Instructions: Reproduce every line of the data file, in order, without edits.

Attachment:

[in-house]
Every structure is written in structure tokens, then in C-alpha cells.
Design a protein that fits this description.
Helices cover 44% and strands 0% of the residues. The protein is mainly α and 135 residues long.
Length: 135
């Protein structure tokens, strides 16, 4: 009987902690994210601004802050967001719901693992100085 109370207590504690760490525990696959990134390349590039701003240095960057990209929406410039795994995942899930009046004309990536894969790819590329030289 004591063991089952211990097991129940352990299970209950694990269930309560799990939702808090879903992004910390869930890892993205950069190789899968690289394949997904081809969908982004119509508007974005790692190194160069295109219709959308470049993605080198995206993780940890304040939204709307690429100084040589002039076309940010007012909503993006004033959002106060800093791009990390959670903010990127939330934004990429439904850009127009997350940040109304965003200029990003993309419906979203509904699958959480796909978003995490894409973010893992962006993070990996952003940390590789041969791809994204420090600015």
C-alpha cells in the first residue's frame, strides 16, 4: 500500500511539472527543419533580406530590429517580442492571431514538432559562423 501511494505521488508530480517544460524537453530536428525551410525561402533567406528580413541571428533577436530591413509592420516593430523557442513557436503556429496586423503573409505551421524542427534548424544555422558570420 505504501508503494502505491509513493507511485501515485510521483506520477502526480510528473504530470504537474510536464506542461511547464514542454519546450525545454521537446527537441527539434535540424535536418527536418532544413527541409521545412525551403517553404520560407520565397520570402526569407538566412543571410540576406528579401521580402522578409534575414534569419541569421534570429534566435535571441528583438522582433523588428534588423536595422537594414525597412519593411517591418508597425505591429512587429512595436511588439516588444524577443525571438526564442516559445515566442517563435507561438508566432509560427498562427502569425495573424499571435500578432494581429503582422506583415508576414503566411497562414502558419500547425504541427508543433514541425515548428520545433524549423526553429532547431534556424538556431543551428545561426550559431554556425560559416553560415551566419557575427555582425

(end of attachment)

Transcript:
[in-house]
Every structure is written in structure tokens, then in C-alpha cells.
Design a protein that fits this description.
Helices cover 44% and strands 0% of the residues. The protein is mainly α and 135 residues long.
Length: 135
């Protein structure tokens, strides 16, 4: 009987902690994210601004802050967001719901693992100085 109370207590504690760490525990696959990134390349590039701003240095960057990209929406410039795994995942899930009046004309990536894969790819590329030289 004591063991089952211990097991129940352990299970209950694990269930309560799990939702808090879903992004910390869930890892993205950069190789899968690289394949997904081809969908982004119509508007974005790692190194160069295109219709959308470049993605080198995206993780940890304040939204709307690429100084040589002039076309940010007012909503993006004033959002106060800093791009990390959670903010990127939330934004990429439904850009127009997350940040109304965003200029990003993309419906979203509904699958959480796909978003995490894409973010893992962006993070990996952003940390590789041969791809994204420090600015």
C-alpha cells in the first residue's frame, strides 16, 4: 500500500511539472527543419533580406530590429517580442492571431514538432559562423 501511494505521488508530480517544460524537453530536428525551410525561402533567406528580413541571428533577436530591413509592420516593430523557442513557436503556429496586423503573409505551421524542427534548424544555422558570420 505504501508503494502505491509513493507511485501515485510521483506520477502526480510528473504530470504537474510536464506542461511547464514542454519546450525545454521537446527537441527539434535540424535536418527536418532544413527541409521545412525551403517553404520560407520565397520570402526569407538566412543571410540576406528579401521580402522578409534575414534569419541569421534570429534566435535571441528583438522582433523588428534588423536595422537594414525597412519593411517591418508597425505591429512587429512595436511588439516588444524577443525571438526564442516559445515566442517563435507561438508566432509560427498562427502569425495573424499571435500578432494581429503582422506583415508576414503566411497562414502558419500547425504541427508543433514541425515548428520545433524549423526553429532547431534556424538556431543551428545561426550559431554556425560559416553560415551566419557575427555582425